The end of eresourcejournal

At the end of the month, I will begin my new job at Norwich University as their Distance Learning Librarian. I am very excited about this position because I’ve wanted to work with distance learning students since the not-so-long-ago days of my own online graduate program. This is my dream job.

And so, eresourcejournal reaches its end. This blog has been more helpful to me than I expected. The process of writing about things that puzzle and frustrate me has been beneficial. First, it makes me think things through. My brain works faster than my fingers, and as I type my mind wanders to another (more appropriate) idea. Had I not taken the time to write about these topics, I may not have come to those more useful conclusions.

In addition, writing is a great memory tool. Writing online with blog software allowed me to easily retrace my steps and remind myself of past discoveries. In some cases, I was able to solve a new problem by looking back at similar situations.

Lastly, blogging connects: the advantage of writing publicly and online is that other people found me. I am grateful for the comments and emails I’ve received from everyone who visits the site or reads the RSS feed. Librarians have been a source of (wonderful) ideas, commiseration, and camaraderie. EBSCO folks have been very generous with their time, emailing me directly about the concerns and ideas I’ve covered in my posts.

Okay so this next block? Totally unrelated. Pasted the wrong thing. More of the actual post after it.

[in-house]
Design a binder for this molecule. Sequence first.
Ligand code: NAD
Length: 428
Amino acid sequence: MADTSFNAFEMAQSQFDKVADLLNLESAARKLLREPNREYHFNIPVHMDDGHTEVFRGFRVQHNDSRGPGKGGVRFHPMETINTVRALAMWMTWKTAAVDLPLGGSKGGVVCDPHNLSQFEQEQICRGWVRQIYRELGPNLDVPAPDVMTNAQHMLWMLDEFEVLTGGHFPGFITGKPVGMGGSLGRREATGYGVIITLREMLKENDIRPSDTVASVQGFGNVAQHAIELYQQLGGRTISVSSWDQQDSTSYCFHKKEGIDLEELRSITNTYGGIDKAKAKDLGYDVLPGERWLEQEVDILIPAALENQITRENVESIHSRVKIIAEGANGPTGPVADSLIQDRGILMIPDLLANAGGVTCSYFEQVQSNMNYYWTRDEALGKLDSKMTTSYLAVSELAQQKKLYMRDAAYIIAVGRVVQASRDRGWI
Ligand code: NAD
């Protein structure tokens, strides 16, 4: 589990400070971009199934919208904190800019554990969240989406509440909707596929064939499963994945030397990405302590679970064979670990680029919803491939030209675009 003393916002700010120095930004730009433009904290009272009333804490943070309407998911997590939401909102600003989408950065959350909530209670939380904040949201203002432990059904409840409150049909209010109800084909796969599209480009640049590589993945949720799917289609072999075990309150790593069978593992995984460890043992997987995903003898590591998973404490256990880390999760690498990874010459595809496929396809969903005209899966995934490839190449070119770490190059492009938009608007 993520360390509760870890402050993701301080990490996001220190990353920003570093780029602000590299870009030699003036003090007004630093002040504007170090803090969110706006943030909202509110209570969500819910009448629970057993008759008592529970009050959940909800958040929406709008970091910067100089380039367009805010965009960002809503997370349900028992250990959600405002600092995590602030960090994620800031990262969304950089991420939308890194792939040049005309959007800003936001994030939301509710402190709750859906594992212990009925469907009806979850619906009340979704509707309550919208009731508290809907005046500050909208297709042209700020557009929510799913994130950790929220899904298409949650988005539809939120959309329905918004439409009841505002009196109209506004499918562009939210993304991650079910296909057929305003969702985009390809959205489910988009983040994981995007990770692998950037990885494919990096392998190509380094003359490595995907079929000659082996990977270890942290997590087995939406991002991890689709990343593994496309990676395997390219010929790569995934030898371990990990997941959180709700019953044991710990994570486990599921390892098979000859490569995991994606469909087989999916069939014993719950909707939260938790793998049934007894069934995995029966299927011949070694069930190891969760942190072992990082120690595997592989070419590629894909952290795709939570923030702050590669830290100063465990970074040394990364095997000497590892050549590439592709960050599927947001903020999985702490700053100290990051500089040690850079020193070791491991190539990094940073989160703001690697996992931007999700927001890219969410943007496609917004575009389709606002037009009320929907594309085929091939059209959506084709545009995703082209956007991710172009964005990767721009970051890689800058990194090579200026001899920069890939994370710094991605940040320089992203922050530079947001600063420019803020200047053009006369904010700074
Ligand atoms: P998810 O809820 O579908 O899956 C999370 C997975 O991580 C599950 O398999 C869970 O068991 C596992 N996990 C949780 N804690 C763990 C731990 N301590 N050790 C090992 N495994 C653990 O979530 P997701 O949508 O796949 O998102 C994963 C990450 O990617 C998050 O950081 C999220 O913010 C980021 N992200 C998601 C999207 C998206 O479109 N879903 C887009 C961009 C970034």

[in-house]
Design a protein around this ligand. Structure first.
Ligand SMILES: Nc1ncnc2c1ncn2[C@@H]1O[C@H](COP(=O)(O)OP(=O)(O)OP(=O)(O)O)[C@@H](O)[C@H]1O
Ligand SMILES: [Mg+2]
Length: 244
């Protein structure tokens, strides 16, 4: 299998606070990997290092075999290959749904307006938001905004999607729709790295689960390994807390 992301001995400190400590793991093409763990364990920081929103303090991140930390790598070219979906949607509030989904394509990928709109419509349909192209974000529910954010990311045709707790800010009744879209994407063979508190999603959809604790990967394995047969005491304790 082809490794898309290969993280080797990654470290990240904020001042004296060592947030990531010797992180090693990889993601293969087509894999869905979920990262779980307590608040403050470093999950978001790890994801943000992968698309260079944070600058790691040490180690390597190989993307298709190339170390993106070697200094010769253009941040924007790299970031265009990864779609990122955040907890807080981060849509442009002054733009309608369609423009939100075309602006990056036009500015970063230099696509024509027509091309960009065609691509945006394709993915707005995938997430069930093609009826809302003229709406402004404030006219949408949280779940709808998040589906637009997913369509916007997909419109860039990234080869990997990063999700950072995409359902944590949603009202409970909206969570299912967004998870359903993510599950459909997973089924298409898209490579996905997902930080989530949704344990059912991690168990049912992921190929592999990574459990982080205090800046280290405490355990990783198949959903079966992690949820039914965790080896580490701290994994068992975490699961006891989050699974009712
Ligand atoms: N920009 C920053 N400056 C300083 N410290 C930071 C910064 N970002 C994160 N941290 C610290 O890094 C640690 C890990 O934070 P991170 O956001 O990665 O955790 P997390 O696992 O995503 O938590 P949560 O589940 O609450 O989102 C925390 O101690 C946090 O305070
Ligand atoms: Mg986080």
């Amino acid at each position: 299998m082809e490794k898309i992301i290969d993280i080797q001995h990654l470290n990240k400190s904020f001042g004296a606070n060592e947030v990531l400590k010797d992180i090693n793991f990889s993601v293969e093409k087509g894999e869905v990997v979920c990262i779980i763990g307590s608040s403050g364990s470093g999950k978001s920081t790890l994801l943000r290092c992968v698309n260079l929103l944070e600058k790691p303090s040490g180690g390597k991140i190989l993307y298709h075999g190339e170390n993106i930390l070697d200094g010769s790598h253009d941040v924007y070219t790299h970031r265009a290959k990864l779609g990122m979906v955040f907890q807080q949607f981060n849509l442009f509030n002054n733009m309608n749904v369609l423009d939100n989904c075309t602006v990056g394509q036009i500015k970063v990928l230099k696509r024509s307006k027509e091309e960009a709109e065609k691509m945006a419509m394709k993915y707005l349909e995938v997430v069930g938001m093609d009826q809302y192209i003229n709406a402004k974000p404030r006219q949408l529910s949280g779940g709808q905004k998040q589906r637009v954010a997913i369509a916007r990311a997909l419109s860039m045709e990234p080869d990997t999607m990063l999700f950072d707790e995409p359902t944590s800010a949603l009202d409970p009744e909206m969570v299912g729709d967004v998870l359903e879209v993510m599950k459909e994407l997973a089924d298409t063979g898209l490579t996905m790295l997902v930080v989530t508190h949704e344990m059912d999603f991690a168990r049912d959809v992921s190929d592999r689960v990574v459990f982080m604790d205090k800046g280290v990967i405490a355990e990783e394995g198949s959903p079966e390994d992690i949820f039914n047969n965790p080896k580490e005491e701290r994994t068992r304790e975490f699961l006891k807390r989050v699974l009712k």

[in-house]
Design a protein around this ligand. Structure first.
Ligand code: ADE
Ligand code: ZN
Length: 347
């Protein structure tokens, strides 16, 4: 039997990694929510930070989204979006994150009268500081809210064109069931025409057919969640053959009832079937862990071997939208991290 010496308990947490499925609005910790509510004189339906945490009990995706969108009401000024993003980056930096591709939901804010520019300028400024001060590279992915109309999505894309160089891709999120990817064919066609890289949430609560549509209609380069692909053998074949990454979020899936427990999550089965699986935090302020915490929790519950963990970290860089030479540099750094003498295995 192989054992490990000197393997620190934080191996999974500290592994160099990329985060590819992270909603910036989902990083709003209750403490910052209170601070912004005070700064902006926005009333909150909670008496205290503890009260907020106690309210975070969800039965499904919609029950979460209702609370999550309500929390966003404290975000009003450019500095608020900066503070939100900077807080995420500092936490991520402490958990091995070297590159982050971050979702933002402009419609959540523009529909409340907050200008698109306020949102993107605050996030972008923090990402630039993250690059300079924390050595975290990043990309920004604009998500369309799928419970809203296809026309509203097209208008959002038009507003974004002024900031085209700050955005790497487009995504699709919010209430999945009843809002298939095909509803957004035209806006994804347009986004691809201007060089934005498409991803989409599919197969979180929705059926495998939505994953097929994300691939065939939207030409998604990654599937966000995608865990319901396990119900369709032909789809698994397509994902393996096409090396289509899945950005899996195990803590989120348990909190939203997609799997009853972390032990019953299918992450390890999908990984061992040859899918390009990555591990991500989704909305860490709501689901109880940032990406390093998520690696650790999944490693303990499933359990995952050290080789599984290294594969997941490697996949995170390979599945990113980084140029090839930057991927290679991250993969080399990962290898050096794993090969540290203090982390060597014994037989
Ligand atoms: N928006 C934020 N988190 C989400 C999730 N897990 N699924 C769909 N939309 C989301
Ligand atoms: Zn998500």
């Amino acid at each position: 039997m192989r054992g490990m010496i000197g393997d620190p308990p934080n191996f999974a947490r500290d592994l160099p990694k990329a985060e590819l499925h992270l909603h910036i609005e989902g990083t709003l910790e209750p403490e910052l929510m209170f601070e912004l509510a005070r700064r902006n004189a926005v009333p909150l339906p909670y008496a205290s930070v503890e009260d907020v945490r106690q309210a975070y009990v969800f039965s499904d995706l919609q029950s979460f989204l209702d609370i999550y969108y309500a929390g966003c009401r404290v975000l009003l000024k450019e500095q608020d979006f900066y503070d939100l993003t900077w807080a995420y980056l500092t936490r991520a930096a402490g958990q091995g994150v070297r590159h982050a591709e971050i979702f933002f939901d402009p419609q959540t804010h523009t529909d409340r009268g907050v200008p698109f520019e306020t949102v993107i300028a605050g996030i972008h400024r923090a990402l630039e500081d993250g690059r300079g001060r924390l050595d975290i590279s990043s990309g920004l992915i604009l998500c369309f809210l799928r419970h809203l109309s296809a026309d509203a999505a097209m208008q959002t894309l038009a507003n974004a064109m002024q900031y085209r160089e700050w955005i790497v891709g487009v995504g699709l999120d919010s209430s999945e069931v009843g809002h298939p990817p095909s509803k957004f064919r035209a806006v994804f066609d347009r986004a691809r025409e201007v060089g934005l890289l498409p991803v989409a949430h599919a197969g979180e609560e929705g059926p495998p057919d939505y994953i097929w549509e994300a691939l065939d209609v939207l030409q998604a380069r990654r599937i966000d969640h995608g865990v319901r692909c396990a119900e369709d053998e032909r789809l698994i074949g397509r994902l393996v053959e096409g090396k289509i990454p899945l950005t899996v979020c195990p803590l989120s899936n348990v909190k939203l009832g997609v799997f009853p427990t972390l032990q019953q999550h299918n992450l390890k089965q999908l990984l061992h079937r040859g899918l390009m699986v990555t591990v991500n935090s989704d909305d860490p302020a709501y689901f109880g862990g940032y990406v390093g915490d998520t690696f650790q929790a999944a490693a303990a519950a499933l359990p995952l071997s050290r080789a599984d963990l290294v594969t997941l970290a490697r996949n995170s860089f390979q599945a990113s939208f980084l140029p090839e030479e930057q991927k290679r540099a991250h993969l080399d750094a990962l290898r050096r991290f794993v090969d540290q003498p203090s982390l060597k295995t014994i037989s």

Perhaps others will continue to discover these posts and find them useful. Clearly, they’ll be curious about troubleshooting electronic serials problems, as illustrated in this nifty word cloud of all the text at eresourcejournal (made at Wordle.net). I don’t know yet whether I will blog about my new job. As I re-read that sentence, I realize I likely will. I want to remain connected to my community of colleagues. I have been and will continue to follow blogs related to distance learning and distance learning librarianship. I’m sure I’ll have a few things to talk about, too.

Thank you for your visits and keeping me in your feed readers. Most of all, thank you for your comments.

(P.S. It’s a time of transition: Kelly retired one of her blogs this week. Great minds think alike!)

(P.P.S. It seems like a good idea to close the comments on all my old posts. So I’m gonna. I’ll keep this post open, so feel free to leave a message.)

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When an email starts a snowball

We (or maybe just I) receive messages from publishers telling us when we have new content available online. I received one last month from Atypon about three Thomas Telford titles. Generally, the announcement is just a heads-up that there are more issues online because more issues have been published.

But I noticed a few problems with this most recent message. I checked each title (and its alternate title formats, such as Proceedings of the…) at the publisher’s site (Atypon), the A-to-Z administrator, and our order records (EBSCONET).

Two titles aren’t listed on the Atypon site so I can’t check for access. I have to ask Atypon why. The third title is, but EBSCO doesn’t have a Publisher’s Site link; I asked them to add a link. Once I find out whether there will be access on Atypon, I’ll ask EBSCO to add records in the Title Wizard.